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Tuesday, 13 February, 2001, 19:05 GMT
Lawrence of Arabia rarity for sale
Lawrence of Arabia
A drawing from the TE Lawrence book to be auctioned
A rare copy of the book that inspired David Lean's classic film Lawrence of Arabia is expected to make up to 15,000 when it is auctioned this week.

The Seven Pillars of Wisdom describes the experiences of TE Lawrence during the Arab Revolt in 1922. The copy for sale is one of 120 published by Lawrence at his own expense in 1922.

Seven Pillars is definitely one of the highlights of our sale

Peter Nelson, book specialist

The book, which is signed by its previous owner, the Scottish writer Lady Naomi Mitchison, is part of a collection being sold by auctioneers Lyon & Turnbull on 17 February.

"Seven Pillars is definitely one of the highlights of our sale," said Peter Nelson, a book specialist at Lyon and Turnbull.

Stunning escape

Lawrence was one of the most mysterious and glamorous figures of his time.

His exploits in the Hejaz, as described in The Seven Pillars of Wisdom, involved him posing as an Arab and leading a column of Arab fighters, with much reckless courage.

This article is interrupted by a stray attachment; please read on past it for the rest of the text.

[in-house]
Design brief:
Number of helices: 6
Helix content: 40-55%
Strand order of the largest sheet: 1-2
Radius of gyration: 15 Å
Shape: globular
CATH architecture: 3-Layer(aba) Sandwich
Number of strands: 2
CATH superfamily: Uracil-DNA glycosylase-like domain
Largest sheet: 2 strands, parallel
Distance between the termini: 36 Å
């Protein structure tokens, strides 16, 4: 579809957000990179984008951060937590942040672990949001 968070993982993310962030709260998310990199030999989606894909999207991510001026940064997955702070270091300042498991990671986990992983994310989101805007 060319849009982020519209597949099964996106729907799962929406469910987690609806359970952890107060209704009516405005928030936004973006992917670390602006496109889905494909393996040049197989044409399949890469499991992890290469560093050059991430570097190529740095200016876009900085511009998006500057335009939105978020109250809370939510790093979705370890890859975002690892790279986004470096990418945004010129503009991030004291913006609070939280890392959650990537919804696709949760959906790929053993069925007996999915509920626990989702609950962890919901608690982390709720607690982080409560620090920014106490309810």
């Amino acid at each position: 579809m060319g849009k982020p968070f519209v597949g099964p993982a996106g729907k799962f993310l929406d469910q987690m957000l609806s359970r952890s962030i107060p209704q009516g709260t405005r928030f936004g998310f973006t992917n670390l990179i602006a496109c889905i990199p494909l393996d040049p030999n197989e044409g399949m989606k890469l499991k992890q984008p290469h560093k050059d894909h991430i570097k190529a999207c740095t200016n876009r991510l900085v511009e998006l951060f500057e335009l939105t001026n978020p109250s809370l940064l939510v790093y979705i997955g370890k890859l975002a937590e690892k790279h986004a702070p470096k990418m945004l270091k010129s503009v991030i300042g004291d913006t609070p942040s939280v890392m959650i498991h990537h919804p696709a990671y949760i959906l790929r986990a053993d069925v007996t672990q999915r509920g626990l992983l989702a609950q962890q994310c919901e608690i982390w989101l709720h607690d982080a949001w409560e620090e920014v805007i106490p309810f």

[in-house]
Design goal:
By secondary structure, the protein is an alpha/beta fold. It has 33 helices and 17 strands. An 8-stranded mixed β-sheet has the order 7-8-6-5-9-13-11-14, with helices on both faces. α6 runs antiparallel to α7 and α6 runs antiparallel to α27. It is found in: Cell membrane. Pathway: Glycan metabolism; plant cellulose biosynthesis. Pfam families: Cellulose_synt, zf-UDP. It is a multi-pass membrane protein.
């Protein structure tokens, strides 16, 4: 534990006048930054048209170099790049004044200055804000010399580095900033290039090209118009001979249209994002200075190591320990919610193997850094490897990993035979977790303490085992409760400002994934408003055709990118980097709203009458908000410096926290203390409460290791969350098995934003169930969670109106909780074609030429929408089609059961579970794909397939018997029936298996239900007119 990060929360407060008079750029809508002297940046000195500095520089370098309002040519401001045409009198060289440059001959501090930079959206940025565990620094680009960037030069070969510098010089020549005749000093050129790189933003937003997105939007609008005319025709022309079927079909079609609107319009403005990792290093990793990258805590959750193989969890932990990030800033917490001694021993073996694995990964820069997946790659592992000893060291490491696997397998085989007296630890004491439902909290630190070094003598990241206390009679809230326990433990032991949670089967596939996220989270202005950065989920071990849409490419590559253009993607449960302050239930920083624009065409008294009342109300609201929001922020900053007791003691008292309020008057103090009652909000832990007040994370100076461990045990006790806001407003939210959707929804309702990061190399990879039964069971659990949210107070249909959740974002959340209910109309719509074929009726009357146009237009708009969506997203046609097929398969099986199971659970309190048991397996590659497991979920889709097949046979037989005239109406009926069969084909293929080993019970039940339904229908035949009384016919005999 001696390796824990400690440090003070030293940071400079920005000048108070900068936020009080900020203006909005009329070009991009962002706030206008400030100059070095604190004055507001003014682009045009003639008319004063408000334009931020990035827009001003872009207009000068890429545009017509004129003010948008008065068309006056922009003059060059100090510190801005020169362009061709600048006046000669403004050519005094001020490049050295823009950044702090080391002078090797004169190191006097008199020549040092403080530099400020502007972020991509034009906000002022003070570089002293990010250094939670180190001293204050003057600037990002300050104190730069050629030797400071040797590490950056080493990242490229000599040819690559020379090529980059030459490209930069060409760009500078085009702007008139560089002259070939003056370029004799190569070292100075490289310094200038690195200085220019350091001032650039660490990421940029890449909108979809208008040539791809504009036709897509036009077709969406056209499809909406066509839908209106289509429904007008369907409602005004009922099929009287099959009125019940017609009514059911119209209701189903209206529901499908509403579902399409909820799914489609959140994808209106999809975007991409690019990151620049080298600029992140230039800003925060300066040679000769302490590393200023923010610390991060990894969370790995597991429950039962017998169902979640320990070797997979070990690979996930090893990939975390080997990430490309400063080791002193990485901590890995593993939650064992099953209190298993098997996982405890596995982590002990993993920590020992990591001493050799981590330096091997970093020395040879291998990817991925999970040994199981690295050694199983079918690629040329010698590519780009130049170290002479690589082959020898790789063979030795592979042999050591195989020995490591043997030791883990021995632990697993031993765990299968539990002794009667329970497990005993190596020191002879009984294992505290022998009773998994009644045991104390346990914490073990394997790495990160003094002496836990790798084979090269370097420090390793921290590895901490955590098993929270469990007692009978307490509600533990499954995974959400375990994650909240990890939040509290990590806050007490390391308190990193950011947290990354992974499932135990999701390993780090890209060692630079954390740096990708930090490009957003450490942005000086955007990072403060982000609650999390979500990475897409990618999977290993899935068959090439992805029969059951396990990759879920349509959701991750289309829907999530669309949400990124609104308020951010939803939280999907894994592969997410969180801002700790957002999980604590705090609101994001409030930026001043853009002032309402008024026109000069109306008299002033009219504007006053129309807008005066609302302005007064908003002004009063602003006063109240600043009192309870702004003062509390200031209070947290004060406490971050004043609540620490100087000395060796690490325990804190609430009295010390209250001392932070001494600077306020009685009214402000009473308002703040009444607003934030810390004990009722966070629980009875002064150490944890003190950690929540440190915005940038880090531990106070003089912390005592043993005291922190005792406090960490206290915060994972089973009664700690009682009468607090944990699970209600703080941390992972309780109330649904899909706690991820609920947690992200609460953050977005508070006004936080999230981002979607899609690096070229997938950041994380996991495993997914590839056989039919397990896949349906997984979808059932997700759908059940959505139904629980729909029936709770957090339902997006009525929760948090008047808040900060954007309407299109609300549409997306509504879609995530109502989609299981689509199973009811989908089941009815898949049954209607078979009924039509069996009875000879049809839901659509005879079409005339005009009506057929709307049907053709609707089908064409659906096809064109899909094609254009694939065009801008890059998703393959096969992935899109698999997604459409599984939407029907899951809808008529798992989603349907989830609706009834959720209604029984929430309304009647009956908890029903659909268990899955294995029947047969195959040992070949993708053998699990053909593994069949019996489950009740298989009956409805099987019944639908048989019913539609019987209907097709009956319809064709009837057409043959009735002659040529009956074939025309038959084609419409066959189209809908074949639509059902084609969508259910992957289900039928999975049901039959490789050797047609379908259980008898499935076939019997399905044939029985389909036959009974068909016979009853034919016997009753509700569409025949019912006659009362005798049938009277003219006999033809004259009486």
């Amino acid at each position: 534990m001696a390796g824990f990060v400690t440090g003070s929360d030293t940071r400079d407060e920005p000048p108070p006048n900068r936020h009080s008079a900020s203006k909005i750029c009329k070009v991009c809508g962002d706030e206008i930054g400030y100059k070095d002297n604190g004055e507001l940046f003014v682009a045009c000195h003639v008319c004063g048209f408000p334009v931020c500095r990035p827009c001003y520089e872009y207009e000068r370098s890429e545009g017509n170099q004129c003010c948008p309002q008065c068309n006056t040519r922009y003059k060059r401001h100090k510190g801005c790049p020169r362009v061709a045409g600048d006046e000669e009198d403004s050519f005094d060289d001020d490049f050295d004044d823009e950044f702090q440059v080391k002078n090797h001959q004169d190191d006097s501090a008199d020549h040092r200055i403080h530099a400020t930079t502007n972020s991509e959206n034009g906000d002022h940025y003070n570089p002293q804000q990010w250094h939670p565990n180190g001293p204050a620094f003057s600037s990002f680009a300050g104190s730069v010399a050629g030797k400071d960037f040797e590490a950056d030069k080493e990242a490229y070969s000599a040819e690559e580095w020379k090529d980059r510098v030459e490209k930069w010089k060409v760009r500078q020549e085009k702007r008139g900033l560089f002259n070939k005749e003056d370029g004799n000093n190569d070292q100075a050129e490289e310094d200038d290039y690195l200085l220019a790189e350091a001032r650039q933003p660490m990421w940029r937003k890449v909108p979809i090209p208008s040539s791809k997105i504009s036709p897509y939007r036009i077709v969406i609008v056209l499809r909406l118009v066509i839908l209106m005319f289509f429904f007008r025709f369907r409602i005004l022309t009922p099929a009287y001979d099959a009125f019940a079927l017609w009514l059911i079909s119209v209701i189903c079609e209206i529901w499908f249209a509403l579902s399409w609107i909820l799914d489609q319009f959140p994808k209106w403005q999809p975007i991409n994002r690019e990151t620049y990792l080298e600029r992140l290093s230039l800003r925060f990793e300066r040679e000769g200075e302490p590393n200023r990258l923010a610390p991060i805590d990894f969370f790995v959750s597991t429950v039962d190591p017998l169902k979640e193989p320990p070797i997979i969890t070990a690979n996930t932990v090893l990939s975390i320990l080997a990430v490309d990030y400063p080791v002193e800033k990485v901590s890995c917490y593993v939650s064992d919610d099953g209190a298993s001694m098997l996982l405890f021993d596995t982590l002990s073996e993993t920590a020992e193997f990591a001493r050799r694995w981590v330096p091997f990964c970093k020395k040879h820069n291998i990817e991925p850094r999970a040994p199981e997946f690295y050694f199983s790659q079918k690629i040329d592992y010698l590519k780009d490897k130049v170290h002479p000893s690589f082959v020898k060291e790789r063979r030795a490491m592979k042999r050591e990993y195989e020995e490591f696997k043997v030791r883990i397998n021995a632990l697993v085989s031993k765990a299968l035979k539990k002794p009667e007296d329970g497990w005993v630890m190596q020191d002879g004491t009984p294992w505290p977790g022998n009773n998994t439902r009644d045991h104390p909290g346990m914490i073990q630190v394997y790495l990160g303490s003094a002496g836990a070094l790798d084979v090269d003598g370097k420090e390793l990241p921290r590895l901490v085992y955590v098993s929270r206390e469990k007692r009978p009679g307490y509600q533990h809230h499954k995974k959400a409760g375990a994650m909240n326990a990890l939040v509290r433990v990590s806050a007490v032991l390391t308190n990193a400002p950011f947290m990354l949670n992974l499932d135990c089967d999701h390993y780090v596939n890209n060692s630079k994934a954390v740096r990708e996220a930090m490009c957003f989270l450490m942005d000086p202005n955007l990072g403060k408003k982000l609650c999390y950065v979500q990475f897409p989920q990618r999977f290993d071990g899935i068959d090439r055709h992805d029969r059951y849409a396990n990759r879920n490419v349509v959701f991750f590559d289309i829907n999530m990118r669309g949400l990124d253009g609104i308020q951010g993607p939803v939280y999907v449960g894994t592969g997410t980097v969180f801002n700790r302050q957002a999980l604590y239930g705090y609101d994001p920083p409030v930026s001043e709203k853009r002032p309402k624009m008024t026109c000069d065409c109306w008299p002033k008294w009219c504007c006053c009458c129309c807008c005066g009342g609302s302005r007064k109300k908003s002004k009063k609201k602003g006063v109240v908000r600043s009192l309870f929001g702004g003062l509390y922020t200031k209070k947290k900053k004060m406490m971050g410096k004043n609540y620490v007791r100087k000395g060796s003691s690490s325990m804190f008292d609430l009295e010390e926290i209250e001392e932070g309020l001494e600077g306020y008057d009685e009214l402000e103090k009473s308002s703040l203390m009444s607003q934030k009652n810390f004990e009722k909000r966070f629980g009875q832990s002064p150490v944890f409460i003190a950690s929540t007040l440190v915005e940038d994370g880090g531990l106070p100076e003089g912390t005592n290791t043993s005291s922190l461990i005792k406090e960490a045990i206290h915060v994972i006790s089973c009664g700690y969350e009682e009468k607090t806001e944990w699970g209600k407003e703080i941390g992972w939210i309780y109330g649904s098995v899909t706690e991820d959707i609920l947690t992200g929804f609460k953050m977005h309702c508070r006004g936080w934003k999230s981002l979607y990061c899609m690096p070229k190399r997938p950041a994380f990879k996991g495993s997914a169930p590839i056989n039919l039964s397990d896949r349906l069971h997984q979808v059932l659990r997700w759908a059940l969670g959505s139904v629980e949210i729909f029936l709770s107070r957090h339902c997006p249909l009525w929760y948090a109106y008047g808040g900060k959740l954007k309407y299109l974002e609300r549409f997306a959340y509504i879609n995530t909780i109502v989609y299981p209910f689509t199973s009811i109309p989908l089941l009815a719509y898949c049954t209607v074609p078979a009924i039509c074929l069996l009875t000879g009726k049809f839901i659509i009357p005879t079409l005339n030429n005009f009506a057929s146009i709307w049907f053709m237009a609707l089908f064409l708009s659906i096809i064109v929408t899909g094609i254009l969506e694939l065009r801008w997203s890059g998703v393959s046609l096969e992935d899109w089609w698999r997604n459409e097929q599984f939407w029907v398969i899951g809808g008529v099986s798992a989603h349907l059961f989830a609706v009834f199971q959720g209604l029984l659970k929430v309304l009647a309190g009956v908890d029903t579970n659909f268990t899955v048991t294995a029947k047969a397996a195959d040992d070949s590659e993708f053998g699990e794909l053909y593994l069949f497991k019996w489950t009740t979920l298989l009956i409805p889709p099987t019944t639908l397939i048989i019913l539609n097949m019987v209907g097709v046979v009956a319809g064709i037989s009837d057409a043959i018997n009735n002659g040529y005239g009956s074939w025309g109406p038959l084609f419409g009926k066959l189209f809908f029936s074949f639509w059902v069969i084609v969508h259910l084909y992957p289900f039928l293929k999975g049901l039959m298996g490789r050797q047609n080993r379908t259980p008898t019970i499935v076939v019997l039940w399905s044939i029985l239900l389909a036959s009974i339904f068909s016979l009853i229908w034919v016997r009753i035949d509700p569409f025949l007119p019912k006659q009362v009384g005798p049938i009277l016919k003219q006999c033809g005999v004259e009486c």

Lawrence wrote of his capture by the Turks, of their failure to recognise him, and his stunning escape.

The War Office in London was gratified by the admiration he evoked amongst the public but was also embarrassed by his ambiguous role.

Peter O'Toole starred as Lawrence in the 1962 film Lawrence of Arabia.

Lawrence died in a motorcycle crash in 1935.

Lawrence of Arabia
Peter O'Toole as Lawrence of Arabia in the 1962 classic film

Literary greats

Lyon and Turnbull will also be offering other rare books and literary memorabilia.

"We also have some other interesting lots from the library of Carradale House, including many first editions from Lady Mitchison's contemporaries at Oxford, such as EM Forster, Aldous Huxley, Virginia Woolf and John Betjeman," said Mr Nelson.

"Many of the books have letters or notes from the authors - for instance, there is a letter from EM Forster describing where they should meet before the Oxford and Cambridge Boat Race.

"While they may not be in tip top condition, many people might like to own a letter from one of Britain's literary greats for a couple of hundred pounds."

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